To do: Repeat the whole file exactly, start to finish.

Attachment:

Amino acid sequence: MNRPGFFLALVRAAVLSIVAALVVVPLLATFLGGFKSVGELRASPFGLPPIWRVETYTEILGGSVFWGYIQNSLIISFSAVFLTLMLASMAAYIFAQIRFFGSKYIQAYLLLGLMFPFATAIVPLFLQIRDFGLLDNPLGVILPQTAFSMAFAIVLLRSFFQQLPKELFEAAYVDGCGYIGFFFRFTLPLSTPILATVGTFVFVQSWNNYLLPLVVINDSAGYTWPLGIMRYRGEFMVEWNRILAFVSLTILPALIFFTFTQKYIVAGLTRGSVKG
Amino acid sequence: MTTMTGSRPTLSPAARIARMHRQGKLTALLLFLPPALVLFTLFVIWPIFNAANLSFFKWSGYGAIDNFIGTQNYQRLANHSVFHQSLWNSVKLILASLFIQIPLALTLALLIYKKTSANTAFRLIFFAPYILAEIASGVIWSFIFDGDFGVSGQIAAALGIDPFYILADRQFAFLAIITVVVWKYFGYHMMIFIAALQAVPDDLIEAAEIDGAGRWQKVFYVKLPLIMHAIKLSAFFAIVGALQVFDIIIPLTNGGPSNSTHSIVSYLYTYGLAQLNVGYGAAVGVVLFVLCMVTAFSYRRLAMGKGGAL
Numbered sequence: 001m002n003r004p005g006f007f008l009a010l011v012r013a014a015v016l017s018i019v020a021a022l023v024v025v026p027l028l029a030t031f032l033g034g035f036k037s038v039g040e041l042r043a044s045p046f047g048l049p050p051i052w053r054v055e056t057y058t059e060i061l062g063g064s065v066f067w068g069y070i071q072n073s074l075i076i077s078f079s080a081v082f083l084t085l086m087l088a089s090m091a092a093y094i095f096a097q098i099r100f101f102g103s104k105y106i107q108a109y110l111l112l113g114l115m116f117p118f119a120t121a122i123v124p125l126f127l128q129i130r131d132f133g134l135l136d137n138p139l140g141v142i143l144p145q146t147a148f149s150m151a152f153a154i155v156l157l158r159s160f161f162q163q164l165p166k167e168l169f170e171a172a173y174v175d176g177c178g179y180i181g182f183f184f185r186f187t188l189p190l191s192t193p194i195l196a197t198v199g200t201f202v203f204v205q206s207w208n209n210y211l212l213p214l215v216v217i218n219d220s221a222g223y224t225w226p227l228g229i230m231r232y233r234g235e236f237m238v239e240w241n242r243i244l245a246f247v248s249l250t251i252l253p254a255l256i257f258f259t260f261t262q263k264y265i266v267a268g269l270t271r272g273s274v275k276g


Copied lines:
Amino acid sequence: MNRPGFFLALVRAAVLSIVAALVVVPLLATFLGGFKSVGELRASPFGLPPIWRVETYTEILGGSVFWGYIQNSLIISFSAVFLTLMLASMAAYIFAQIRFFGSKYIQAYLLLGLMFPFATAIVPLFLQIRDFGLLDNPLGVILPQTAFSMAFAIVLLRSFFQQLPKELFEAAYVDGCGYIGFFFRFTLPLSTPILATVGTFVFVQSWNNYLLPLVVINDSAGYTWPLGIMRYRGEFMVEWNRILAFVSLTILPALIFFTFTQKYIVAGLTRGSVKG
Amino acid sequence: MTTMTGSRPTLSPAARIARMHRQGKLTALLLFLPPALVLFTLFVIWPIFNAANLSFFKWSGYGAIDNFIGTQNYQRLANHSVFHQSLWNSVKLILASLFIQIPLALTLALLIYKKTSANTAFRLIFFAPYILAEIASGVIWSFIFDGDFGVSGQIAAALGIDPFYILADRQFAFLAIITVVVWKYFGYHMMIFIAALQAVPDDLIEAAEIDGAGRWQKVFYVKLPLIMHAIKLSAFFAIVGALQVFDIIIPLTNGGPSNSTHSIVSYLYTYGLAQLNVGYGAAVGVVLFVLCMVTAFSYRRLAMGKGGAL
Numbered sequence: 001m002n003r004p005g006f007f008l009a010l011v012r013a014a015v016l017s018i019v020a021a022l023v024v025v026p027l028l029a030t031f032l033g034g035f036k037s038v039g040e041l042r043a044s045p046f047g048l049p050p051i052w053r054v055e056t057y058t059e060i061l062g063g064s065v066f067w068g069y070i071q072n073s074l075i076i077s078f079s080a081v082f083l084t085l086m087l088a089s090m091a092a093y094i095f096a097q098i099r100f101f102g103s104k105y106i107q108a109y110l111l112l113g114l115m116f117p118f119a120t121a122i123v124p125l126f127l128q129i130r131d132f133g134l135l136d137n138p139l140g141v142i143l144p145q146t147a148f149s150m151a152f153a154i155v156l157l158r159s160f161f162q163q164l165p166k167e168l169f170e171a172a173y174v175d176g177c178g179y180i181g182f183f184f185r186f187t188l189p190l191s192t193p194i195l196a197t198v199g200t201f202v203f204v205q206s207w208n209n210y211l212l213p214l215v216v217i218n219d220s221a222g223y224t225w226p227l228g229i230m231r232y233r234g235e236f237m238v239e240w241n242r243i244l245a246f247v248s249l250t251i252l253p254a255l256i257f258f259t260f261t262q263k264y265i266v267a268g269l270t271r272g273s274v275k276g